On America’s Christian heritage

by Wm. Robert Johnston
6 June 2003

Regarding America's Christian heritage the truth is somewhere in between the two extreme claims made today. While the founders were all shaped by a Protestant Christian worldview, they represented a range of denominations. Some were born again Christians, some were not. Jefferson and Franklin might not greet us in heaven. Some modern conservative Christian writers end up giving the impression that they argue there was a uniformity of theological views among the founders. There was not.

However, the relevant point is that they all had a Protestant Christian worldview. If they wanted a nation free of God, they would not have declared independence with the statement "that they are endowed by their Creator with certain unalienable Rights". They established a nation free of sectarian particulars, since they were familiar with sectarian disagreements and associated abuses. However, the general belief in a redemptive God was common to all of them and foundational to their government concept. Tocqueville describes this (see below).

The Constitution established a government with the underlying assumption that men are inherently evil. This system is relatively unique in the level of checks and balances on its individual officers. However, at the same time it assumes a moral society--an assumption paving the way for some modern abuses. The Constitution assumes that sufficient respect for the rule of law will exist somewhere in the institutions and/or the electorate so that the officers will not disregard the Constitution's protections, so that law breakers will not continue to govern. This element has broken down now, reflecting the prevailing lack of morality in both the institutions and the electorate. Another element of this breakdown was hinted at in Tocqueville's warnings of the "tyranny of the majority."

By way of comparison, the failure of the French Revolution vs. the success of the American Revolution hinges on the superior moral basis of the American Revolution. The American Revolution produced a system of government that assumed man to be inherently evil, and thus instituted safeguards against abuse and a legitimate means for modification since the founders themselves admitted their concept might not be perfect. The French Revolution produced a system which in part assumed man to be inherently good; this, combined with the lack of a moral societal foundation like that observed by Tocqueville in America, allowed subsequent abuses to bring the system down.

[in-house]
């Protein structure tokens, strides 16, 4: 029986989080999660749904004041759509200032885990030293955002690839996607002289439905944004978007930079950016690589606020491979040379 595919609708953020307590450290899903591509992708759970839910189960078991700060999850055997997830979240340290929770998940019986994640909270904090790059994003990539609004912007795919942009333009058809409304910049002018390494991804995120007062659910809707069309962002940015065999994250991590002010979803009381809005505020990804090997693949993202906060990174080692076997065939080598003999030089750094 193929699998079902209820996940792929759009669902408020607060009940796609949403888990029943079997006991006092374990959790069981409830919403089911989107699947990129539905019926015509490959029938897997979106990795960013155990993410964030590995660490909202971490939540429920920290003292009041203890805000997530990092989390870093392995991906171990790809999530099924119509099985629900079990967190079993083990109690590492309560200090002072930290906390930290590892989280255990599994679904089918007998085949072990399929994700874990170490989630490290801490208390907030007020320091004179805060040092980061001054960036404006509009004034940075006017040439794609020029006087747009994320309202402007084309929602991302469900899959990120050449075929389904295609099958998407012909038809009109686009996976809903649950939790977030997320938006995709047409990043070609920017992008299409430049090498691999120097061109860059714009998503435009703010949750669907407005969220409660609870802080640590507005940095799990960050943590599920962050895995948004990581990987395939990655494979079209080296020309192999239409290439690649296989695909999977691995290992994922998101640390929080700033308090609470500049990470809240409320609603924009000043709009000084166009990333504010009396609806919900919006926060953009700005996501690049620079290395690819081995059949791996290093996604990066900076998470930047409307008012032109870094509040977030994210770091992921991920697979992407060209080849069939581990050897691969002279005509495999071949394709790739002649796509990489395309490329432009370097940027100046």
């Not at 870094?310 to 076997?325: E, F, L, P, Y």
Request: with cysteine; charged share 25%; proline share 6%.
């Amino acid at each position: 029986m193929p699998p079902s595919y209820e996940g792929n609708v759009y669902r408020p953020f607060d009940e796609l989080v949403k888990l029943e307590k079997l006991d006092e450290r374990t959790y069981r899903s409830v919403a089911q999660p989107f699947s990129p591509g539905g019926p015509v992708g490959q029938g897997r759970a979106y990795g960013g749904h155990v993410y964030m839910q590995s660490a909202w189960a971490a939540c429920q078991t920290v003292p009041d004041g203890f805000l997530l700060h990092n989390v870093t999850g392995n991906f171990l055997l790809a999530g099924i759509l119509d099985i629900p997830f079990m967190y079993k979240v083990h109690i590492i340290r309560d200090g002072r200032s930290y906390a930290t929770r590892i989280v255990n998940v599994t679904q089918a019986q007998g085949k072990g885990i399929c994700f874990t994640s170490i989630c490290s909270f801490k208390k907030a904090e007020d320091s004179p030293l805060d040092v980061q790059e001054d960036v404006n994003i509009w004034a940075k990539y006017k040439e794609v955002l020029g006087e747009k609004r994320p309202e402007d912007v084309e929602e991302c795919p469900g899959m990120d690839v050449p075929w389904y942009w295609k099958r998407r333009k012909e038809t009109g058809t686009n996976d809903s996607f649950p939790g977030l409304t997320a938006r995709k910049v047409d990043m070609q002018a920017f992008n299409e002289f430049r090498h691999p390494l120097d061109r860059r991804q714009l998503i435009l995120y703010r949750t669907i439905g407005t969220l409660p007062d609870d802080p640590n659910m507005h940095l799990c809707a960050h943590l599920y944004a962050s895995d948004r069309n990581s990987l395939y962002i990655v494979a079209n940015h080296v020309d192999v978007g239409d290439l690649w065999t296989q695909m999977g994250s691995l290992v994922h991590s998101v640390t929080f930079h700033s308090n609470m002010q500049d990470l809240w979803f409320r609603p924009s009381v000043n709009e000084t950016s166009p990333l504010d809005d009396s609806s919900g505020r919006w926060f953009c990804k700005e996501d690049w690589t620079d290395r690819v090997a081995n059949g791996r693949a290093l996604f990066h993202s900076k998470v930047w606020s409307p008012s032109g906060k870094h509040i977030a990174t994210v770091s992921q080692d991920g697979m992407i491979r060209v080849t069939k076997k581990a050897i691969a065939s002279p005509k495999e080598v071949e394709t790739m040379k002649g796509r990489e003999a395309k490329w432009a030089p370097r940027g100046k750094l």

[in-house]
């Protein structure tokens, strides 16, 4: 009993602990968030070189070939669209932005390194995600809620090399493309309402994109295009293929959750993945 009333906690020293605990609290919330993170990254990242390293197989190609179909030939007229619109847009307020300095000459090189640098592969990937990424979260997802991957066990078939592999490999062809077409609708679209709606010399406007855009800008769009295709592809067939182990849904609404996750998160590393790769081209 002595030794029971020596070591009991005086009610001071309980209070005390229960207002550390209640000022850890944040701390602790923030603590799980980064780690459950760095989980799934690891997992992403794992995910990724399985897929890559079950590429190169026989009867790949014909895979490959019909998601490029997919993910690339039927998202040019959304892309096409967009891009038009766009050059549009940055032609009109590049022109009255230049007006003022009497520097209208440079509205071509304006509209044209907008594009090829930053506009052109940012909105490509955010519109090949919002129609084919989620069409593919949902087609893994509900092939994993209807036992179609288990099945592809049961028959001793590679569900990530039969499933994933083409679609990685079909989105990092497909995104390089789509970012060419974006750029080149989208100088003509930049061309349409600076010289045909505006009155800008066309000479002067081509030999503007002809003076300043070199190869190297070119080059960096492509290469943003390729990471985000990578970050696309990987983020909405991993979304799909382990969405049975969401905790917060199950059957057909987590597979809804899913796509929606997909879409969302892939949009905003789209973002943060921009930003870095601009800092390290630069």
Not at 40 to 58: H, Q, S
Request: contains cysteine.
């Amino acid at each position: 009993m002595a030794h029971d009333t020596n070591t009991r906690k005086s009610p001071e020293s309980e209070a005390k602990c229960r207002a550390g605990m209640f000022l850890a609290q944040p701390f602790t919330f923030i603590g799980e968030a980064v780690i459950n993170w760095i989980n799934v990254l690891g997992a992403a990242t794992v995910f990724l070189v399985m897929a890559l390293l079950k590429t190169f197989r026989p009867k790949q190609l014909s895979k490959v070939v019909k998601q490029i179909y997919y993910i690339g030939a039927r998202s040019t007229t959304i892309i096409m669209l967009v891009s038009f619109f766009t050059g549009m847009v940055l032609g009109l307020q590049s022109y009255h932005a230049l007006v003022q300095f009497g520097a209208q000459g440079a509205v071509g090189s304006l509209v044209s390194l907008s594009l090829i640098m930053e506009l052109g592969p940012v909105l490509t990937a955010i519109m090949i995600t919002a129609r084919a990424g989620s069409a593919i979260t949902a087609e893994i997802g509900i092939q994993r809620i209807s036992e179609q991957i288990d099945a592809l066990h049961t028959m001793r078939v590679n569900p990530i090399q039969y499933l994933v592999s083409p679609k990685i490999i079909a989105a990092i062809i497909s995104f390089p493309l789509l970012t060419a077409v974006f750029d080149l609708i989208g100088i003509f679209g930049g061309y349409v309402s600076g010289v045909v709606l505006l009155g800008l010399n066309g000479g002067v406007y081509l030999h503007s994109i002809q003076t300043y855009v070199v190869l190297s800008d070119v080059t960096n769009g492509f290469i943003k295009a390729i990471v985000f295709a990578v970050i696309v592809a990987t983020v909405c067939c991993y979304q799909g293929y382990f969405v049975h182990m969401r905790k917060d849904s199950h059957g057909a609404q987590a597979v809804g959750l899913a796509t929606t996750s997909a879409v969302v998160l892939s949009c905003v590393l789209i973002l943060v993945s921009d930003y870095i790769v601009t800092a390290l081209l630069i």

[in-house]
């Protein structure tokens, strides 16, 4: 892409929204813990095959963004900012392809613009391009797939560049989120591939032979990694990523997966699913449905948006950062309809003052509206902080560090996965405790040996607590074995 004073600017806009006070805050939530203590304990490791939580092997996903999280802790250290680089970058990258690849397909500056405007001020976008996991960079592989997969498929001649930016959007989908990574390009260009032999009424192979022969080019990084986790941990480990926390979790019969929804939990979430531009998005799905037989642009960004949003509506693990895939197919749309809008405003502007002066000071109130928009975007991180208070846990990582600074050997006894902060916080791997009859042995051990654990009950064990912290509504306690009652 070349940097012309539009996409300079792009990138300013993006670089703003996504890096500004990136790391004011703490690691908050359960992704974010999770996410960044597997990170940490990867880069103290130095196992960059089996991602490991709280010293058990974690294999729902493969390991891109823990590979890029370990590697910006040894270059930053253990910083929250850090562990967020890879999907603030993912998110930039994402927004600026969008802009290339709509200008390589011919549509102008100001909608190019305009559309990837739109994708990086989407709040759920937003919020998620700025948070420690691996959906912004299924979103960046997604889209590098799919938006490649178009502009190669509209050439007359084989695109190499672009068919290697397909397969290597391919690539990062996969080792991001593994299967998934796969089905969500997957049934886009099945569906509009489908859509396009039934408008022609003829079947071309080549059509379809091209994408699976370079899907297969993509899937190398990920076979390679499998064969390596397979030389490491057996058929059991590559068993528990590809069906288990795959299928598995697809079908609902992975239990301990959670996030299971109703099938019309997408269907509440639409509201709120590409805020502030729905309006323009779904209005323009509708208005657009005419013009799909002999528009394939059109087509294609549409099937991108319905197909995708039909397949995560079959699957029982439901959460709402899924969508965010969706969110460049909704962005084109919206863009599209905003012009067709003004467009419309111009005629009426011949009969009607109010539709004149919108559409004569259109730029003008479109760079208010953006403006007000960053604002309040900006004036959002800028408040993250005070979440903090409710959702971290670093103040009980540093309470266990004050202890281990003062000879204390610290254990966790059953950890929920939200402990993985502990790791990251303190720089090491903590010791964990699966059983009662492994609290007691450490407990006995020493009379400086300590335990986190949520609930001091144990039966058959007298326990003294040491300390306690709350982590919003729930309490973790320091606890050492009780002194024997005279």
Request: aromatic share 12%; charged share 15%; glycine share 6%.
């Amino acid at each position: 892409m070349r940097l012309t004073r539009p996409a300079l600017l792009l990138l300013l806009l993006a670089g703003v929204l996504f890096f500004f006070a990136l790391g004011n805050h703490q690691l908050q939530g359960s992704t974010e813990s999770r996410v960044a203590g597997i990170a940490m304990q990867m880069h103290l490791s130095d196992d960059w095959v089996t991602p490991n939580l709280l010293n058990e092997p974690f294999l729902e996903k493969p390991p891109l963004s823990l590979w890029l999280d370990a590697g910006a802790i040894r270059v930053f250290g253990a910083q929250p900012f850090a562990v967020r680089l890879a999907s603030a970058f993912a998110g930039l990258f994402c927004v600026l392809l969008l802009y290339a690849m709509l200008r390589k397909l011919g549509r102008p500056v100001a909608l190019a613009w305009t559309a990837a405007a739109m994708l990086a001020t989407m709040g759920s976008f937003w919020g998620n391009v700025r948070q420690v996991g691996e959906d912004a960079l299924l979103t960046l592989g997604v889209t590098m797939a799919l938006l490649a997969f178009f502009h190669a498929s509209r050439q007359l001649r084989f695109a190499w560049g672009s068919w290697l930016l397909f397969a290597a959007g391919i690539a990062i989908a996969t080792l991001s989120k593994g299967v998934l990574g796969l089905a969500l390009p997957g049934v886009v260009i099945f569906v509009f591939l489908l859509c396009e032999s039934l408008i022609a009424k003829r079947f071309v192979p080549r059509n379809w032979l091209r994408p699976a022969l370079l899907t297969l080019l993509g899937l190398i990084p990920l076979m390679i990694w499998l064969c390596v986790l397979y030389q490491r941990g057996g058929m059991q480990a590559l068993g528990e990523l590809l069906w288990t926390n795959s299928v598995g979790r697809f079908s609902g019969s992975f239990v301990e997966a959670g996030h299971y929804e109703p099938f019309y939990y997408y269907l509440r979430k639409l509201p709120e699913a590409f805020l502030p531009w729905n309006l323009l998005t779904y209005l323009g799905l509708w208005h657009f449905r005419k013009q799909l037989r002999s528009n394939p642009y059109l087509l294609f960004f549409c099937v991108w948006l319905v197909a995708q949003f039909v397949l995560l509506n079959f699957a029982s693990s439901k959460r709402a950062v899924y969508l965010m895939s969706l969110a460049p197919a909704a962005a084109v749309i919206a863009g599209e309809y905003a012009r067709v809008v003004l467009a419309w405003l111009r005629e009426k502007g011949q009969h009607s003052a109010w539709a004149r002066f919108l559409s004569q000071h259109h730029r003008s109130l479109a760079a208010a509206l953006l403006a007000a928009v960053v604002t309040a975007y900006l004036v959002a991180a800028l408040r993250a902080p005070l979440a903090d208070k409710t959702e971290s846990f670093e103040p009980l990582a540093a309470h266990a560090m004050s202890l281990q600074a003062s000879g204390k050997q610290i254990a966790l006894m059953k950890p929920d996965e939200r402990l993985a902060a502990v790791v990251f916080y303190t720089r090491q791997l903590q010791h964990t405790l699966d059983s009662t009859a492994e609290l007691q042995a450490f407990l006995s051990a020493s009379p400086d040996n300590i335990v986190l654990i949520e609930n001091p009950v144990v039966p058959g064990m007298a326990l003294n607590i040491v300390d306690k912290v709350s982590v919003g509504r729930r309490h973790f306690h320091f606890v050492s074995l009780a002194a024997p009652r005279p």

To reiterate, while the beliefs and backgrounds of the founders were diverse, this diversity was within the bounds of a common Christian worldview. If this limitation of the diversity is not acknowledged, then one cannot make sense of the system they produced, one which values freedom, guards against the inherent tendency towards evil, etc.

Another claim is that a Christian heritage for the American system of government implies that non-Christians are displaced. In reality, no system of government has ever been as consistently (by this I mean to this degree, for this period of time) receptive of people of non-majority religious (or anti-religious) views as has the American system. A large part of the reason for this stems directly from the Protestant worldview of the founders: if one's relationship with God is an issue between the individual and God alone, then official interference in this relationship is wrong. This does not deny the existence of absolute standards of morality, which is both presumed and endorsed by our system.

Finally, here are some statements by Tocqueville addressing the points above, from Tocqueville, Democracy in America, Vol. 1, Ch. 17:

The greatest part of British America was peopled by men who, after having shaken off the authority of the Pope, acknowledged no other religious supremacy: they brought with them into the New World a form of Christianity which I cannot better describe than by styling it a democratic and republican religion. This contributed powerfully to the establishment of a republic and a democracy in public affairs; and from the beginning, politics and religion contracted an alliance which has never been dissolved.
The sects that exist in the United States are innumerable. They all differ in respect to the worship which is due to the Creator; but they all agree in respect to the duties which are due from man to man. Each sect adores the Deity in its own peculiar manner, but all sects preach the same moral law in the name of God. If it be of the highest importance to man, as an individual, that his religion should be true, it is not so to society. Society has no future life to hope for or to fear; and provided the citizens profess a religion, the peculiar tenets of that religion are of little importance to its interests. Moreover, all the sects of the United States are comprised within the great unity of Christianity, and Christian morality is everywhere the same.
Christianity, therefore, reigns without obstacle, by universal consent...
I do not know whether all Americans have a sincere faith in their religion--for who can search the human heart?--but I am certain that they hold it to be indispensable to the maintenance of republican institutions This opinion is not peculiar to a class of citizens or to a party, but it belongs to the whole nation and to every rank of society.

© 2003 by Wm. Robert Johnston.
Last modified 6 June 2003.
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